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Mary Surratt and the plot to kill Lincoln

Mary Surratt and the plot to kill Lincoln

Bob Diamond

Mary Surratt’s life should have been spared. Mary, together with Lewis Powell, George Atzerodt and David Herold, were found guilty before a Military Tribunal of conspiracy with John Wilkes Booth to kill Lincoln and, in a rush to justice, all four were hanged on July 7, 1865 – less than three months after Lincoln’s death on April 15th. The three men “were all part of Booth’s inner circle. Not so with Mary.” Just before the hood was placed over his head, Powell cried out, “Mrs. Surratt is innocent!” Mary had testified that she knew nothing about the plot to kill Lincoln. She was “the first and only woman ever hanged by the U.S. government.” The key testimony against Mary came from a highly questionable witness, John Lloyd, who operated a tavern in Mary’s boardinghouse. Mary’s attorney argued that Lloyd, who was a conspiracy suspect, was motivated to “exculpate himself by placing blame” on Mary. Four other men were given prison terms for their passive roles in the assassination conspiracy.” Booth was previously shot and killed at Garrett’s farm in Virginia.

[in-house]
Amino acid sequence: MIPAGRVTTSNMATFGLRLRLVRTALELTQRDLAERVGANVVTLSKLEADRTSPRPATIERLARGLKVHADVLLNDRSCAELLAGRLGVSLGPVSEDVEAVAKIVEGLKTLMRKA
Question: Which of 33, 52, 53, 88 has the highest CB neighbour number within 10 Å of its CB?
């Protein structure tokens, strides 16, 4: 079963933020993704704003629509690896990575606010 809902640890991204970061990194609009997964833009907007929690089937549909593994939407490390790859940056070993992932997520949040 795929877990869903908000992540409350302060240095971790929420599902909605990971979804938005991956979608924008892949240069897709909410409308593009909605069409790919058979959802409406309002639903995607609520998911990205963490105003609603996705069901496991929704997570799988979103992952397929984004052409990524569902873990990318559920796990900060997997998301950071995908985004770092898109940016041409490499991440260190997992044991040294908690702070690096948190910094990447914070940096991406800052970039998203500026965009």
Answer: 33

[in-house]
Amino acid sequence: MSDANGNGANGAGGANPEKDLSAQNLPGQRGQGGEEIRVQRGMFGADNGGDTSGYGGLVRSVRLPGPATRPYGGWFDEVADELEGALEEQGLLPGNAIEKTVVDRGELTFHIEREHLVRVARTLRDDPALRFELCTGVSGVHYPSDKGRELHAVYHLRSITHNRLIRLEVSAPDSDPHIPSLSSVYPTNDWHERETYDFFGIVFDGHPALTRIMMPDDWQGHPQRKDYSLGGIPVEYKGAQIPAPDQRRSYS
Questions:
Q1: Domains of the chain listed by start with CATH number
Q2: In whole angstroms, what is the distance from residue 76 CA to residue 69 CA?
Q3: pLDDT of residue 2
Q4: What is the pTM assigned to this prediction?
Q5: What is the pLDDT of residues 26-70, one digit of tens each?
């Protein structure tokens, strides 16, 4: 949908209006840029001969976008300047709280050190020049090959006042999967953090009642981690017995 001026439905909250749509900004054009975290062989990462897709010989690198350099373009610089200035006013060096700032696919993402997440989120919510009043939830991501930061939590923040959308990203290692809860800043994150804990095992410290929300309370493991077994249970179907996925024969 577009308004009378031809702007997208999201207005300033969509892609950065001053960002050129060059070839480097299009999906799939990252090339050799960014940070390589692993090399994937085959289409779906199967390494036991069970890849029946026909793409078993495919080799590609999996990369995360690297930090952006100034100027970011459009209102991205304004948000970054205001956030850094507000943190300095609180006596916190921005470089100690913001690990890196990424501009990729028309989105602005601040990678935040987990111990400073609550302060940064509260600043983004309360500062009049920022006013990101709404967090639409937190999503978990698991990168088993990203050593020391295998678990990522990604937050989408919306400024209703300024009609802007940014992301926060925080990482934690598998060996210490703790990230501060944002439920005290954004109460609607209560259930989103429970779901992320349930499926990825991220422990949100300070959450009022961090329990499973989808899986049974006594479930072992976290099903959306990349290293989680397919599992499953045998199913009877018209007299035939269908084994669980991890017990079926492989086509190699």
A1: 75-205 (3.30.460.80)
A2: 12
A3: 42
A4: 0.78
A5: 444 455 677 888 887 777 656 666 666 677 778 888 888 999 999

Booth and his conspirators may have discussed the kidnapping of Lincoln at Mary’s boardinghouse. The kidnapping plot was later changed to killing Lincoln. One man, Mary’s son John, could have saved Mary’s life but chose not to do so. John, a co-conspirator with Booth, could have been “instrumental in reducing his mother’s sentence by showing that her part in the assassination, if any, was passive support instead of active participation.” Rather than give testimony that might have implicated himself, but may have spared his mother’s life, John fled to Canada, “where he followed the news of his mother’s trial and execution.” Ironically, John was ultimately brought back to the U.S. and tried before a civilian jury as a conspirator in Lincoln’s assassination. A recent Supreme Court decision held that trials of civilians before Military Tribunals (as Mary was) were unconstitutional. John testified that both he and Mary were innocent of the plot to kill Lincoln. The jury deadlocked; 8-4 for not guilty. John was freed, to live with his conscience.

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